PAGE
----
These tips were originally generated using a list of takeaways from Steve Krug’s book, “Don’t Make Me Think,” and repurposed into a guide marketing writers and designers can use based on the same ideas.
Web usability is crucial for a myriad of reasons, including—but not limited to—increasing sales for marketers, improving inclusivity for users, and making the users’ journey as clear and fast as possible. When writing or designing anything for the internet, it’s important to consider web usability in the conception of the content.
Every marketer knows that the end functionality of their work is crucially important, even beyond the other elements like appearance and copy. When a piece of content—like a webpage, blog post, or infographic—is hard to use or understand, it’s simply not going to be used as often. This is bad because it means the creative team’s hard work is ultimately wasted, the user is confused (or annoyed), and in marketing: a sale is lost.
So, how can you avoid problems with usability for your content pieces? Read on to see our top tips on how marketers can maximize usability for their audience, inspired by takeaways from Steve Krug’s web usability book, “Don’t Make Me Think.”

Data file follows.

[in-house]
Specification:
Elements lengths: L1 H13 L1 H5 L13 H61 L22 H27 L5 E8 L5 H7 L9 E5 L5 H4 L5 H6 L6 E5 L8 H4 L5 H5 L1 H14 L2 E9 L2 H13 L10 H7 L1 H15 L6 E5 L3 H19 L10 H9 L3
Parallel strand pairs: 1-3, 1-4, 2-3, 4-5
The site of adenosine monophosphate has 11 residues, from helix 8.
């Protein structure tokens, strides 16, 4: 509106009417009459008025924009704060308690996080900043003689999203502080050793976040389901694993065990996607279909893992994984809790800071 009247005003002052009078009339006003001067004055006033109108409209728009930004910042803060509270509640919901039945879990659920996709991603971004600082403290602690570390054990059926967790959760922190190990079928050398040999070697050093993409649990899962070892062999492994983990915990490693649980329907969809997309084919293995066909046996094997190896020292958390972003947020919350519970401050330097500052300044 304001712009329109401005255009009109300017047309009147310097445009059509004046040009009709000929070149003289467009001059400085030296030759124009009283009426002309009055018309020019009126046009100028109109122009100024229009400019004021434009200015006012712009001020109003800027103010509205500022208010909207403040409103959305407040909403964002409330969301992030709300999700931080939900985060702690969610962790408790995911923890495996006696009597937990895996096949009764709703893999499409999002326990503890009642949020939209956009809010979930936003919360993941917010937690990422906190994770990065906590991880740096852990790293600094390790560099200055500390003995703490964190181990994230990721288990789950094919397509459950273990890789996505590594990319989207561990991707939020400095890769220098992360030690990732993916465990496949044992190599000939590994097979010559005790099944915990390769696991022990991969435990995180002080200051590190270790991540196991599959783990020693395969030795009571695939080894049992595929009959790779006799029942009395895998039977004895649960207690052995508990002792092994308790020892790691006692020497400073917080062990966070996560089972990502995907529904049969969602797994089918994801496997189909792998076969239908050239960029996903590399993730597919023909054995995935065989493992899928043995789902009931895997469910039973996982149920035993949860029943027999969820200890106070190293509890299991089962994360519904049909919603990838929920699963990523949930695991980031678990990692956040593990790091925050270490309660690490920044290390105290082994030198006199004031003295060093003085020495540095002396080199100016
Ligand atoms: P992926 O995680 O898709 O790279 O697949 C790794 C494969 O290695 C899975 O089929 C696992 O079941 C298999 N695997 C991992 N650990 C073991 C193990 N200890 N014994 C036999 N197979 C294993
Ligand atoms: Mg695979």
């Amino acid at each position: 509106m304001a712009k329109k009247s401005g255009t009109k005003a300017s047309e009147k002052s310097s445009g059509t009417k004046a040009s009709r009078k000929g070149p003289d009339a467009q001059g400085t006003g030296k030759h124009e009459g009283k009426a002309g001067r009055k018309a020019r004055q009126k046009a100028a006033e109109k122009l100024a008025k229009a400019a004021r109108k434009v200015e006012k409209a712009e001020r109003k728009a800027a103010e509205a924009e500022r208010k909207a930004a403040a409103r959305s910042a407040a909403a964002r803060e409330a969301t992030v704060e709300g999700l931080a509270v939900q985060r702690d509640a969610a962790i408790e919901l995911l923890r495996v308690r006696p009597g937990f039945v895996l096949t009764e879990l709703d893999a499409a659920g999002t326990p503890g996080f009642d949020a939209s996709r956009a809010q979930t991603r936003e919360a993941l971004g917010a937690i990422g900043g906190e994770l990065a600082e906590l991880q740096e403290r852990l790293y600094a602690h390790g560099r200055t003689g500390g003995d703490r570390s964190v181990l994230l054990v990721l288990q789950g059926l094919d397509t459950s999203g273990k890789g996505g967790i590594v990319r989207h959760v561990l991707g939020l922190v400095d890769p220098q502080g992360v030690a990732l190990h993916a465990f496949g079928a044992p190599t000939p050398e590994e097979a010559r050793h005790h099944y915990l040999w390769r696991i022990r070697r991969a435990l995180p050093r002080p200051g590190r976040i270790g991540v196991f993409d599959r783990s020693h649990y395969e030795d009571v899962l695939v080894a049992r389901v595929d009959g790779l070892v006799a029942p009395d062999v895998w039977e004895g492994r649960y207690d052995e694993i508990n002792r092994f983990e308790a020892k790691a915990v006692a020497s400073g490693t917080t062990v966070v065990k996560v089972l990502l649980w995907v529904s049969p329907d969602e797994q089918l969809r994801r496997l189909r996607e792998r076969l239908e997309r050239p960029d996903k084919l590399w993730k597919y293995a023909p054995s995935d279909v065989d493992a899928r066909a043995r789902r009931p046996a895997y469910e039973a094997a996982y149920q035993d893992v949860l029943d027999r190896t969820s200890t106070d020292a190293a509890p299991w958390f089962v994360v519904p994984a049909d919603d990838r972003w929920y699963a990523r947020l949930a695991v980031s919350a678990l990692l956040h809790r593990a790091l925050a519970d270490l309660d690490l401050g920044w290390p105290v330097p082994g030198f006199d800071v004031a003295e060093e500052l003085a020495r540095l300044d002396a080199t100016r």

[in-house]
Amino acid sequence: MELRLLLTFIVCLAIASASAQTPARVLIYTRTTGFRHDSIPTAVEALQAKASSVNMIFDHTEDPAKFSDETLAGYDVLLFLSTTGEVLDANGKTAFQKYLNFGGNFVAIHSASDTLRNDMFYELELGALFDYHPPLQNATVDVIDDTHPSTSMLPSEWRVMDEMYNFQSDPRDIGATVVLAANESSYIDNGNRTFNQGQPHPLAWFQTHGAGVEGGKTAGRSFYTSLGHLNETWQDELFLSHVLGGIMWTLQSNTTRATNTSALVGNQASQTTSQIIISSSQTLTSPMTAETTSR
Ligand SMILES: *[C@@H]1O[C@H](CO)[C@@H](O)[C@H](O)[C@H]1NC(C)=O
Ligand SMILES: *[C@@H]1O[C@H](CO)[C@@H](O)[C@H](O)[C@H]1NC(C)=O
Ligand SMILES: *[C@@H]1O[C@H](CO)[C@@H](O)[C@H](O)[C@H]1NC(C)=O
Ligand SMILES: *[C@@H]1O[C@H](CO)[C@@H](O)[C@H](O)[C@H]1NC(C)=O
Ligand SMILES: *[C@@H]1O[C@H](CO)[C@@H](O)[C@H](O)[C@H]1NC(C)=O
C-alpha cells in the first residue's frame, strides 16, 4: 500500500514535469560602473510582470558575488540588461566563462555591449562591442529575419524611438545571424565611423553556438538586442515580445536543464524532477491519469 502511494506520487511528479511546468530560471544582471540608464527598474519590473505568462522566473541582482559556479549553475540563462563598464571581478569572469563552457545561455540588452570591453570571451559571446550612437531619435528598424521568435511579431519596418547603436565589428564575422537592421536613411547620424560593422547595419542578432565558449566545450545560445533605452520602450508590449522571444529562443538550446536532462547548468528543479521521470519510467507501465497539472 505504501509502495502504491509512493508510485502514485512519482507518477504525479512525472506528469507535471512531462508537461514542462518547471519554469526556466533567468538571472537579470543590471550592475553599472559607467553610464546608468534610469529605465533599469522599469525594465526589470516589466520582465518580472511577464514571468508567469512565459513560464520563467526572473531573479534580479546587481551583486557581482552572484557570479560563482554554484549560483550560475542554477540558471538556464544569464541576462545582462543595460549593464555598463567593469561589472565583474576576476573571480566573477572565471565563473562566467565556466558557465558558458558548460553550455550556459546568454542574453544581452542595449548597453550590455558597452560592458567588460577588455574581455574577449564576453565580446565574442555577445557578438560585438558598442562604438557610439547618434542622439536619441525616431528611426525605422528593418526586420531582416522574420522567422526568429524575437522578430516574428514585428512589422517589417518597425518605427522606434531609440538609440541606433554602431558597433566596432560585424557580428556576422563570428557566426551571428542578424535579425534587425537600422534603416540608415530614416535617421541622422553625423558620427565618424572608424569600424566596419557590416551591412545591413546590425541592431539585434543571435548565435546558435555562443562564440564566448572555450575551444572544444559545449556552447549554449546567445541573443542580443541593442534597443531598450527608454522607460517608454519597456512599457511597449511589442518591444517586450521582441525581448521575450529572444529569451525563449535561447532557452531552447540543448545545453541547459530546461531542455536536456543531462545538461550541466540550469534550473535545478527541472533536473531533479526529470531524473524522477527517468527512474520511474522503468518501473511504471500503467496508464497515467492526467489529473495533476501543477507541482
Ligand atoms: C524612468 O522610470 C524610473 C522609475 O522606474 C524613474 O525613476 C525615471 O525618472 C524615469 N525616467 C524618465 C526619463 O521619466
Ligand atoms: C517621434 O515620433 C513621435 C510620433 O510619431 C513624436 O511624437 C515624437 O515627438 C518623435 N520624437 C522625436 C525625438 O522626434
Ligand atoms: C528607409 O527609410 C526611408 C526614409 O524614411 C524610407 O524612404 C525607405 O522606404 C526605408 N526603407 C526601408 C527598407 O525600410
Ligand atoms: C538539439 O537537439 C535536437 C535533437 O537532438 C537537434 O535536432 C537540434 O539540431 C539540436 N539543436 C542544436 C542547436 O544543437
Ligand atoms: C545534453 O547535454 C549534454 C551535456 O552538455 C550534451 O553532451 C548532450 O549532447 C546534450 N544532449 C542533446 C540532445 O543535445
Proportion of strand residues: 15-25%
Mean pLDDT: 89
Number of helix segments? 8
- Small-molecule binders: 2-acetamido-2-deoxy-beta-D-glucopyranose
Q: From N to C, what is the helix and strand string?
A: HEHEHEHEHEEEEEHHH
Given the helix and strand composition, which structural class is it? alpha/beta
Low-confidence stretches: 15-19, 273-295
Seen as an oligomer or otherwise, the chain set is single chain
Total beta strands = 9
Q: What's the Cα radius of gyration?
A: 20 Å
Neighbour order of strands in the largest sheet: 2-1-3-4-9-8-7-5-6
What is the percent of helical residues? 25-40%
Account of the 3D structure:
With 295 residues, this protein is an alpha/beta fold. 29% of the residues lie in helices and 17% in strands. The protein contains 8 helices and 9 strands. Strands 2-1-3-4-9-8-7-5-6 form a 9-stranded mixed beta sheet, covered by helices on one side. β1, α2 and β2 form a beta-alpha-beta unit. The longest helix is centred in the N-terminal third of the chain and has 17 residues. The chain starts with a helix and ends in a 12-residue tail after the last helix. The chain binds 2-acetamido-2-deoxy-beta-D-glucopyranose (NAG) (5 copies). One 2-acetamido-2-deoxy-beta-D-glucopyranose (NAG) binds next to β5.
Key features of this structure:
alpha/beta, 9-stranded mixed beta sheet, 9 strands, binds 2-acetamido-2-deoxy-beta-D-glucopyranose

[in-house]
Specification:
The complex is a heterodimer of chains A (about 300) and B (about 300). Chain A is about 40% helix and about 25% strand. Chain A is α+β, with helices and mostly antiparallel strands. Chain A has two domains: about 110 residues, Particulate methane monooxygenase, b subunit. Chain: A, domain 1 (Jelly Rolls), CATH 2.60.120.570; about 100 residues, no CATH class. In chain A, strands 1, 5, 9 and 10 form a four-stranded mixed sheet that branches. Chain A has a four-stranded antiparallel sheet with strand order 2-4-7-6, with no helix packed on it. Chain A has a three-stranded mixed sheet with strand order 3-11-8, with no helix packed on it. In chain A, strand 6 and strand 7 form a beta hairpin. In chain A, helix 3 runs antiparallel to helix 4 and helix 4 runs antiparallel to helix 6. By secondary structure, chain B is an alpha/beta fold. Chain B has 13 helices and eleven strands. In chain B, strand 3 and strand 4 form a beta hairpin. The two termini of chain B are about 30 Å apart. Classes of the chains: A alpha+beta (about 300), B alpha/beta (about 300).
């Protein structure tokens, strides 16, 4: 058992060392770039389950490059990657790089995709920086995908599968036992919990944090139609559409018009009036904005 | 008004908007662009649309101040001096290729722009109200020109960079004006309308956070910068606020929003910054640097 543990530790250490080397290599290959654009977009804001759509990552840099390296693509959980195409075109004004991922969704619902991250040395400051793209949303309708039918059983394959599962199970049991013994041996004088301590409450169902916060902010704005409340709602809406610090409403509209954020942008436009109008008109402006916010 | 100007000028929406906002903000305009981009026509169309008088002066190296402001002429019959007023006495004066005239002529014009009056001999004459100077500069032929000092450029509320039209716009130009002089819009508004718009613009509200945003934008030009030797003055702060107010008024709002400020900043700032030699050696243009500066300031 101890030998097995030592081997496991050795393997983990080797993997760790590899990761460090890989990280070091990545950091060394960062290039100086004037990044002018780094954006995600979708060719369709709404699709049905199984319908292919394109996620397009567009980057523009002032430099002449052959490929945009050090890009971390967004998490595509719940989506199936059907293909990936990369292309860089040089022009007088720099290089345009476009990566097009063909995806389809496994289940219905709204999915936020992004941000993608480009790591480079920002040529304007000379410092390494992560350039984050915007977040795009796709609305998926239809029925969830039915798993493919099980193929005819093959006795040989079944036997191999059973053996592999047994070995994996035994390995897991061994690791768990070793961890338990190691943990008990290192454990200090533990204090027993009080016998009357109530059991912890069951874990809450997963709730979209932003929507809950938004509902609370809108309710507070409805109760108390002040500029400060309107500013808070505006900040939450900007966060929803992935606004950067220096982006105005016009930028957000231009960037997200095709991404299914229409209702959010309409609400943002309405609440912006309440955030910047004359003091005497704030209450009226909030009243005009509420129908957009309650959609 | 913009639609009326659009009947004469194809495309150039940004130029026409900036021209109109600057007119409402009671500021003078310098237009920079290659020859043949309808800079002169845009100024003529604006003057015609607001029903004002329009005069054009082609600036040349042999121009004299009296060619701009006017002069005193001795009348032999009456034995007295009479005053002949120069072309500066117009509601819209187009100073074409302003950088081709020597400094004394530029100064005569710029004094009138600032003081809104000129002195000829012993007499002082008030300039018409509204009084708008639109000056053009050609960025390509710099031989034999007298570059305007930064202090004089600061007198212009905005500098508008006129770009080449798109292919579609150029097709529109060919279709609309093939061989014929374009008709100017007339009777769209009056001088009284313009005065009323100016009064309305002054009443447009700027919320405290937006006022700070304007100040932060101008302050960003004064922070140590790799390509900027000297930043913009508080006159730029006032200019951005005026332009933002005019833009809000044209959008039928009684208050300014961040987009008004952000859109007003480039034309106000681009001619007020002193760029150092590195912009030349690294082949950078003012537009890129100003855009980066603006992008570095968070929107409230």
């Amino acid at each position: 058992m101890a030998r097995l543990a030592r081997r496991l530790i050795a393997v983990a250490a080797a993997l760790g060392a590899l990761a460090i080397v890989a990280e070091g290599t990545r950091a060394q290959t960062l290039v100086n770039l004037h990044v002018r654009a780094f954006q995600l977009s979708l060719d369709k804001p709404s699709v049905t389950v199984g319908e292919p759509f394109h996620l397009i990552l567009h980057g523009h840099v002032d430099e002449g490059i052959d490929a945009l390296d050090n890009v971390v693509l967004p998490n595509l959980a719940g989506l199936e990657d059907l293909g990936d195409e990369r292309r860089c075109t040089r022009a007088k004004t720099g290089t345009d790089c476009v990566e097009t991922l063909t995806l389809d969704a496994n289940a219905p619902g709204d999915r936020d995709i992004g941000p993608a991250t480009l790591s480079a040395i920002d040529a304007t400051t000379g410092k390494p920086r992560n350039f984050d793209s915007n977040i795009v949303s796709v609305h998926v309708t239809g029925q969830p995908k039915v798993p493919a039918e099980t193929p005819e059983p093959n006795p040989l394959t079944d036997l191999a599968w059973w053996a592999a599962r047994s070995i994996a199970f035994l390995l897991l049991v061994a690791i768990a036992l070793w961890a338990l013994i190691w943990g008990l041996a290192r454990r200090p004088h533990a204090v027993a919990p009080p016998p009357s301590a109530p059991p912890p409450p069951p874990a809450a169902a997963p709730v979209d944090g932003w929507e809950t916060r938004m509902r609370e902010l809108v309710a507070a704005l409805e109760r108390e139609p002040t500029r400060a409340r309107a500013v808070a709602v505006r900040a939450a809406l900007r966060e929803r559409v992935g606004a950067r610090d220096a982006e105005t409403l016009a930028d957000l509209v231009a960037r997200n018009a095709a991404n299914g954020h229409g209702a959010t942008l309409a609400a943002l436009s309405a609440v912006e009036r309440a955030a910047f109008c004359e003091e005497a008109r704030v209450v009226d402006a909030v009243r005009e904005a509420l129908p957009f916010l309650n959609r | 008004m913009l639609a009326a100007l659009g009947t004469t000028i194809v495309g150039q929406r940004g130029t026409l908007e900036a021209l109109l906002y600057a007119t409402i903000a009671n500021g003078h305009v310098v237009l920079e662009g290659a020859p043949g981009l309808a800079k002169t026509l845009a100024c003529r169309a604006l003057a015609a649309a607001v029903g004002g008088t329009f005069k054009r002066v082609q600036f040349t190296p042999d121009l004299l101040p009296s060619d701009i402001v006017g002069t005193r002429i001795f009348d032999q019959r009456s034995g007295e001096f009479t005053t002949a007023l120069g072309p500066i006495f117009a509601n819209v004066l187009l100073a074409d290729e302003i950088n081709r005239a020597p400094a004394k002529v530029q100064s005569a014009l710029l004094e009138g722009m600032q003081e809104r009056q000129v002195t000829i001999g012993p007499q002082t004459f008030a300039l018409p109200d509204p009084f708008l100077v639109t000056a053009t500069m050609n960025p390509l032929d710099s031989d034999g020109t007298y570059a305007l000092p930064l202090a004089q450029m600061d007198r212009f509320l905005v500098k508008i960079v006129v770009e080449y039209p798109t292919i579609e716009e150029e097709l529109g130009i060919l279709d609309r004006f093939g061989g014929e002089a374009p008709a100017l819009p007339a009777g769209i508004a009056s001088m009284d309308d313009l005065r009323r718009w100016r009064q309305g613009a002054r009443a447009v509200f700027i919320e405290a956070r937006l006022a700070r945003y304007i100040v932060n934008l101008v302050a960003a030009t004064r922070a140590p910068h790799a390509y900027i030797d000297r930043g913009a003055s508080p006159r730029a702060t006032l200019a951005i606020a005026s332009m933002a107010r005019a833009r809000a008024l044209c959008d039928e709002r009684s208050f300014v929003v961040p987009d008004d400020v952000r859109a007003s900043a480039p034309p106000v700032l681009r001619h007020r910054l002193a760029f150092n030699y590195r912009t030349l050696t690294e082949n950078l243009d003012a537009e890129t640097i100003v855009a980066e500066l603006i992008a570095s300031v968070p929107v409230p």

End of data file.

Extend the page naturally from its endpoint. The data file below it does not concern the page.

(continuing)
5 Tips That Can Improve Website Usability
Make Everything Obvious
When someone visits your website and reads your blog post or looks at your infographic, everything they see should be self-explanatory. From button copy to the design of buttons themselves, keep things clear so users don’t have to question what it is or where they’ll go.
If you make users guess what will happen, they will either muddle through and end up in the wrong place, or they’ll just leave your website altogether. Neither of these is the outcome you want because a confused reader will leave your site.
Rather than coming up with a quirky, clever phrase for your button copy, just say where they’ll go when they click on it. Instead of naming your tabs something creative, try to be as descriptive as possible within the confines of your character counts. Don’t overexplain—copy that’s too long is just as bad as confusing copy, and we’ll get to that next—but just be as clear and concise as you can.